Republicans seem to be coalescing around a delusional midterm strategy: The idea that they can get through the 2022 election while more or less ignoring Trump. Hey, they have all these great issues: Crime! Immigration! Inflation! Wokeism! Welfare (OK, I just snuck that last one in there). All they have to do is have their candidate in each district adjust those issues to suit his or her constituency — and let the GOP's cyclical out-party advantage and redistricting edge do the rest. Once they win back the House, Biden’s current legislative opportunity will vanish.
Here's the key paragraph in Rich Lowry's explanation of “Why Republicans Still Have the Upper Hand for 2022”:
Despite Trump's grip, he's not front and center for the average voter. He isn’t president and he isn’t on the ballot anywhere. Republicans aren’t going to be running next November on relitigating the 2020 election or January 6. The focus inevitably will be on Biden and his agenda, which will loom much larger than anything the former president can do from Mar-a-Lago.
Trump won't be front and center? Why? Because Trump won't be running (until 2024)? Don’t think so! Even if GOP candidates don't make Trump an issue in the midterms, and the Democratic candidates don’t make Trump an issue in the midterms, Trump will make Trump an issue in the midterms. Everything we know about the man says he'll gravitate to wherever the media spotlight is and make it all about himself -- it's like a law of physics at this point, without the Uncertainty Principle.
Suppose Trump talks about the issues, and not the ”rigged and stolen” election. The Trump pitch won't be ‘Biden's debacle on the border’ — a slam dunk — but, inevitably, ‘Trump's accomplishments on the border’ (a closer question). Also: ‘This would never have happened if the election hadn't been stolen!’ The press headline, of course, will be ‘Trump Pounces on Border Problems’ — that is, if it’s not simply ‘Trump Relitigates 2020 Election.”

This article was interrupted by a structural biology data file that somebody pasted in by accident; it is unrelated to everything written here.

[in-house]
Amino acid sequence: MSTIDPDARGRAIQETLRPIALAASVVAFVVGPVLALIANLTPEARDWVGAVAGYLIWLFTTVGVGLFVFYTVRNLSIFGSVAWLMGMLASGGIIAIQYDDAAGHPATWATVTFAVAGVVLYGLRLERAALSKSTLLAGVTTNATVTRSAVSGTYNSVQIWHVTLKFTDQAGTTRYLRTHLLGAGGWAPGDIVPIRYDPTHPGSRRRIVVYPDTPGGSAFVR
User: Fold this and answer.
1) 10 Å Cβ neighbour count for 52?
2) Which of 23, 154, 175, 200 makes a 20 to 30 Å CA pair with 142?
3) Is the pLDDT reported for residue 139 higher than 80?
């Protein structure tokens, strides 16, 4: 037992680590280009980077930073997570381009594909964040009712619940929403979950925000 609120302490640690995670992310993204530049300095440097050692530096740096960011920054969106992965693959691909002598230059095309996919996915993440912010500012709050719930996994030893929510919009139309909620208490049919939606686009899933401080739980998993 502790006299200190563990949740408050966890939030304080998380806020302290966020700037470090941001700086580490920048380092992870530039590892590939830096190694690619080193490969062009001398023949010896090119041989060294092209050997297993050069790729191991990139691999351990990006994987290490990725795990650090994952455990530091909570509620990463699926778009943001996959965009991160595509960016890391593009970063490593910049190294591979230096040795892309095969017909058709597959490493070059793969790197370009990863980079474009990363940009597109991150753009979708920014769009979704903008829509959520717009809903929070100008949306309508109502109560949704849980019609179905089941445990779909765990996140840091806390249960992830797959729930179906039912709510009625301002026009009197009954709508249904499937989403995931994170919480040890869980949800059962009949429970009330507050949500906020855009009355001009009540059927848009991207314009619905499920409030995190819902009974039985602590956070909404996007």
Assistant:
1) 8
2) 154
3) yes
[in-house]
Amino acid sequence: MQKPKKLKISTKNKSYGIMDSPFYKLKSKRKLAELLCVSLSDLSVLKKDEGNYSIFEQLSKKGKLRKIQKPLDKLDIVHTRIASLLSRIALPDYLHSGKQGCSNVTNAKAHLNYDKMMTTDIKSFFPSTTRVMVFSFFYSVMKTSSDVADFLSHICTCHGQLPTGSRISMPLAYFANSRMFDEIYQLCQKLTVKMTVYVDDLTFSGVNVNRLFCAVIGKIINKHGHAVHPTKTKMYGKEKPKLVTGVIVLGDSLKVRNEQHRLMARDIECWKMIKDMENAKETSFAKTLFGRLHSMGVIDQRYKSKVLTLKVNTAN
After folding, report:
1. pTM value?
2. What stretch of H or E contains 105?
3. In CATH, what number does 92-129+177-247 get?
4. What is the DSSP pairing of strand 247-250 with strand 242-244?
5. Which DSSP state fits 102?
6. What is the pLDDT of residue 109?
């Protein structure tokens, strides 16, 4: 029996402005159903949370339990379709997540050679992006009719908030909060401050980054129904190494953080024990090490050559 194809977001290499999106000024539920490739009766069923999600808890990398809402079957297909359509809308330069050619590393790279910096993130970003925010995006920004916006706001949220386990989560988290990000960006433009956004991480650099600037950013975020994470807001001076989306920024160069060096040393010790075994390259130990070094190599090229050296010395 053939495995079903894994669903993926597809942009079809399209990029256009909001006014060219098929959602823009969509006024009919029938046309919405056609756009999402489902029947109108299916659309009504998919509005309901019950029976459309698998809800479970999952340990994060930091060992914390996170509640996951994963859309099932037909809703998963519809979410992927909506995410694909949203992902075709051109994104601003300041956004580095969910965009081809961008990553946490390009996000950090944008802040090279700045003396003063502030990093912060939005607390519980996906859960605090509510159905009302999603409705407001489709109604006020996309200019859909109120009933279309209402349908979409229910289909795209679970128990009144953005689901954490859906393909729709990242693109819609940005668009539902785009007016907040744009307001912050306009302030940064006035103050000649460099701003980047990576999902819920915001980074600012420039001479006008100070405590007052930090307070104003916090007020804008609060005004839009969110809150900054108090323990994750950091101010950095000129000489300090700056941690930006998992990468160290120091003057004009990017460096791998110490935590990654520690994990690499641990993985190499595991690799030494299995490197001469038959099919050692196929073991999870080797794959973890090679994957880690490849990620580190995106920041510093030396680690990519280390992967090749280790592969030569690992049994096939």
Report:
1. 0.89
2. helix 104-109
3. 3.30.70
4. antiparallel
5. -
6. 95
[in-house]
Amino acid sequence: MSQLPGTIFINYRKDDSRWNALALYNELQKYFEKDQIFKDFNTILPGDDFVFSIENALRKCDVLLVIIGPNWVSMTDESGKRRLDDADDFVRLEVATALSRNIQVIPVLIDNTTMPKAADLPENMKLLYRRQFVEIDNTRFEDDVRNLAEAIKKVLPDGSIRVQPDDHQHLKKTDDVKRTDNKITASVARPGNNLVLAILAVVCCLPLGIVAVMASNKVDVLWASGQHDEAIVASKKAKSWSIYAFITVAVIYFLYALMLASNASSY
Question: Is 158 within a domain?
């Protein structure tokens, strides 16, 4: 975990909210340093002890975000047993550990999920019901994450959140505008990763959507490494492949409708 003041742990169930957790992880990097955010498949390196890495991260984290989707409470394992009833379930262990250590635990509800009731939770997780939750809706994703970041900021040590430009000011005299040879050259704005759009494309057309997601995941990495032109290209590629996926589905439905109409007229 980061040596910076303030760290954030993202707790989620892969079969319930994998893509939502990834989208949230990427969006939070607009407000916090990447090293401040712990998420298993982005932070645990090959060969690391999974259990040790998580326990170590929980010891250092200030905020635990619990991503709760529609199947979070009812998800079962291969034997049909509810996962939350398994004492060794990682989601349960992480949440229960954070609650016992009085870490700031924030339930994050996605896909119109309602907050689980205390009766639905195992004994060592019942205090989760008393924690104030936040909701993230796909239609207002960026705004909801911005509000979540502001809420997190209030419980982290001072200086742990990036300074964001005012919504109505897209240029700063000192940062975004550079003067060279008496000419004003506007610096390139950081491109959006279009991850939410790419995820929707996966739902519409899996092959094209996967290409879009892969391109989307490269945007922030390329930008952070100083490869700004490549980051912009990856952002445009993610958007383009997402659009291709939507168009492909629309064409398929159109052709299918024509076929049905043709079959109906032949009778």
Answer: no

If Trump is indicted in New York, or anywhere, that will only make his 2022 lunge for the limelight all the more inevitable, as he seeks to counter the bad publicity, make his case, and blast prosecutors for targeting an active political player for partisan reasons.
Aren’t midterms a collection of local races? Not really. Trump will have a good shot at nationalizing the race around himself. Here’s columnist Byron York speculating that he won’t — that he’ll run up against all those individual candidates, each running their own race:
435 House candidates. Each will make decision. But seems unlikely voters will make 2022 midterms about 2020 presidential election
It seems as if in every midterm for the past two or three decades we've been told that one party wants to keep the election local and the other wants to nationalize it. And every time it is nationalized, around one issue or another, with the national media drumbeat around those issues overwhelming whatever the local candidates want their races to be about. Here's the list:
1994: GOP Contract with America, Clinton's health care debacle, welfare**
1998: Lewinsky scandal; drive to impeach Clinton; GOP overreach
2002: 9/11, Bush’s “War on Terror,” security
2006: Iraq, Katrina, Bush’s Social Security plans, Mark Foley!
2010: Obamacare, economy, Tea Party reaction to bailouts
2014: Obamacare, Ebola! (This midterm seems the least nationalized of the bunch)
2018: Trump! (Tax cuts, attempted Obamacare repeal.) Migrant caravans!
You get the idea. If Trump wants 2022 to be a referendum on Trump -- well, the race is going to be nationalized about something and the Trump-obsessed MSM will be all too happy to oblige him, knowing it will hurt the GOP. Even if Trump initially seems to be fading -- if, say, he fails to turn out the crowds at the summer rallies he's planning -- the established press won't be able to ignore him. They'll write and broadcast their 'Ha, ha, Trump's lost it" pieces, which will predictably rile up his voters and keep him in the news. This will happen no matter what Kevin McCarthy and his brain trust want.
We've seen this scenario before -- in the Georgia runoffs, where Trump's solipsim managed to elect a pajama boy to the Senate and open the door to Democratic control of Congress.
If Trump does blow the midterms for his party, will enough Republican voters finally grow weary of him in time for the 2024 presidential race? Maybe. But two more years of Biden empowerment -- judges and big new entitlements and maybe immigration amnesties — is a pretty steep price for Republicans to pay.
What’s Plan B?
**— And, in retrospect, voter distaste for Hillary.